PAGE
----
>Revisions To KNMI Climate Explorer-Based OHC Posts

>I have revised the following two posts that are based on the NODC [Levitus et al (2009)] Ocean Heat Content data that’s available through the KNMI Climate Explorer.

1. ENSO Dominates NODC Ocean Heat Content (0-700 Meters) Data

2. North Atlantic Ocean Heat Content (0-700 Meters) Is Governed By Natural Variables

KNMI corrected a problem in its NODC Ocean Heat Content data on October 1, 2009. The error grew in effect with the distance from the equator. It changed the scale of the variations and the trends but did not drastically change the overall shape of the curves. The problem, therefore, had no real impact on these posts, which illustrated the timing of ENSO-induced step changes in the OHC of numerous oceans and the effects of the NAO on high-latitude North Atlantic OHC. But to prevent a disagreement between the data presented in this post and future ones, I have updated the graphs in these posts and revised the text where appropriate.

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About Bob Tisdale

Research interest: the long-term aftereffects of El Niño and La Nina events on global sea surface temperature and ocean heat content. Author of the ebook Who Turned on the Heat? and regular contributor at WattsUpWithThat.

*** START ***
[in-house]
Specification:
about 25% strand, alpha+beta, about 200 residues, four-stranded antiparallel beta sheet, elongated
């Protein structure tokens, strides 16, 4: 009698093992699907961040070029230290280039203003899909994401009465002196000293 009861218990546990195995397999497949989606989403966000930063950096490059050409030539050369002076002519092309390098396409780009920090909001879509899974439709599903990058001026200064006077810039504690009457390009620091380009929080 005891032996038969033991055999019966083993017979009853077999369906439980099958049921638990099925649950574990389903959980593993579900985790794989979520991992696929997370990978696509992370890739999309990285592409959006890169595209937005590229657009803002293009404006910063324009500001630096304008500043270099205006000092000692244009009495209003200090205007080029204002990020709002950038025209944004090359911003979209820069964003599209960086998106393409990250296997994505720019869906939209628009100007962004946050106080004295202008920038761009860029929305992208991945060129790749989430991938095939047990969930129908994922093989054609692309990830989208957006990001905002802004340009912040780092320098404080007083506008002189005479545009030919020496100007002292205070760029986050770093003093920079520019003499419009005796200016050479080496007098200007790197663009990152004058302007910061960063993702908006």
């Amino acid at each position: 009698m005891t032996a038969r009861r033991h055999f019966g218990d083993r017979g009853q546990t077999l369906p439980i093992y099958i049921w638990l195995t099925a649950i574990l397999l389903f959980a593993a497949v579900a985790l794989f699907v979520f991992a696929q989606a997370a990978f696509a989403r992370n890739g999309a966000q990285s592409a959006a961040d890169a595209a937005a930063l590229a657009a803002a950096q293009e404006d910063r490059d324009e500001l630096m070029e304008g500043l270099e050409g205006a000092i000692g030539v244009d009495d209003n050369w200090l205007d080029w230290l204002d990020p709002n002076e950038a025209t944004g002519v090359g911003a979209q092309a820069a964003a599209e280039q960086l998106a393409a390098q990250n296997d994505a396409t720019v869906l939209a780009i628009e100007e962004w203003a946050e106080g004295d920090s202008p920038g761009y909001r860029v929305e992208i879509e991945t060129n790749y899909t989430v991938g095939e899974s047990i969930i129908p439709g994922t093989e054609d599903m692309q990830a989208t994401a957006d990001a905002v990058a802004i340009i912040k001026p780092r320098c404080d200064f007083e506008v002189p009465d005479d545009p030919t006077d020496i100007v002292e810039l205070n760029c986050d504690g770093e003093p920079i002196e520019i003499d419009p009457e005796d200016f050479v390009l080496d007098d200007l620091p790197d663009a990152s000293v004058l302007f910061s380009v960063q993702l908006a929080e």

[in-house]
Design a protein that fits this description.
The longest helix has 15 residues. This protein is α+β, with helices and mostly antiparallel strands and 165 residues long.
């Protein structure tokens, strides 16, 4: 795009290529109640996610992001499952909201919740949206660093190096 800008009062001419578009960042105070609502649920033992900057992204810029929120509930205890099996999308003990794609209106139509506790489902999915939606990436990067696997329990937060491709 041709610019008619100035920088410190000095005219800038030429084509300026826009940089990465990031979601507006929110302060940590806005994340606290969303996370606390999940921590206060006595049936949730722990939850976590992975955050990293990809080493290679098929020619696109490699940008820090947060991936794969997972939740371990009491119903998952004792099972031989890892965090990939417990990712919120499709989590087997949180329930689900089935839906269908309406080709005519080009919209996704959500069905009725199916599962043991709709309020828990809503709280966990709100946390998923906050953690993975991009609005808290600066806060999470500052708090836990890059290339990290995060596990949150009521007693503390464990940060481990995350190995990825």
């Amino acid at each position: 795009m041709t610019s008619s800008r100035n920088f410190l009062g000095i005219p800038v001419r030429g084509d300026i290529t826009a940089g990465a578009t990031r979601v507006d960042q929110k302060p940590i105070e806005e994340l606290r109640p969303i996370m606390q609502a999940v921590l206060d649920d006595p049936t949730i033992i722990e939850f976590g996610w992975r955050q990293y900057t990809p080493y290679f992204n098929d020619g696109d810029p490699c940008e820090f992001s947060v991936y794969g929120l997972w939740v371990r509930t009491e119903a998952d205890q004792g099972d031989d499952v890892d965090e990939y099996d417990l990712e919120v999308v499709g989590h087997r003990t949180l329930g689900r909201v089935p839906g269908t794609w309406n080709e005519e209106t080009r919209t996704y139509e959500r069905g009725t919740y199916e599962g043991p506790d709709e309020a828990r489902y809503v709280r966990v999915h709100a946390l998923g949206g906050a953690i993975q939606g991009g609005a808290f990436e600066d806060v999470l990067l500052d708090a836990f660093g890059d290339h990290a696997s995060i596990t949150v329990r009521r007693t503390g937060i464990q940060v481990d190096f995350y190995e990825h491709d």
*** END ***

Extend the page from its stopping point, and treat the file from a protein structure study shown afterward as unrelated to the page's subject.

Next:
This entry was posted in Ocean Heat Content Problems, OHC Update. Bookmark the permalink.

4 Responses to >Revisions To KNMI Climate Explorer-Based OHC Posts

  1. John says:

    >Out of curiosity, what did it do to the trends? Increase or decrease? Did it lead to a higher or lower level of OHC?I tried to look on their website, but only saw a very brief note that the data had an error and was fixed.

  2. Bob Tisdale says:

    >John: With the correction, the trends increased with the distance from the equator. In other words, KNMI had been underestimating the trends in the NODC OHC data before the correction.

  3. John says:

    >Sorry to bother, but was it a significant increase? Certainly something like that seems important, as OHC is a critical data point for all sides of the climate argument.

  4. Bob Tisdale says:

    >John: It was a significant change, but the problem wasn't with the Ocean Heat Content data itself. So it doesn't impact the climate change argument. The problem was how KNMI converted the NODC OHC data on their Climate Explorer website.

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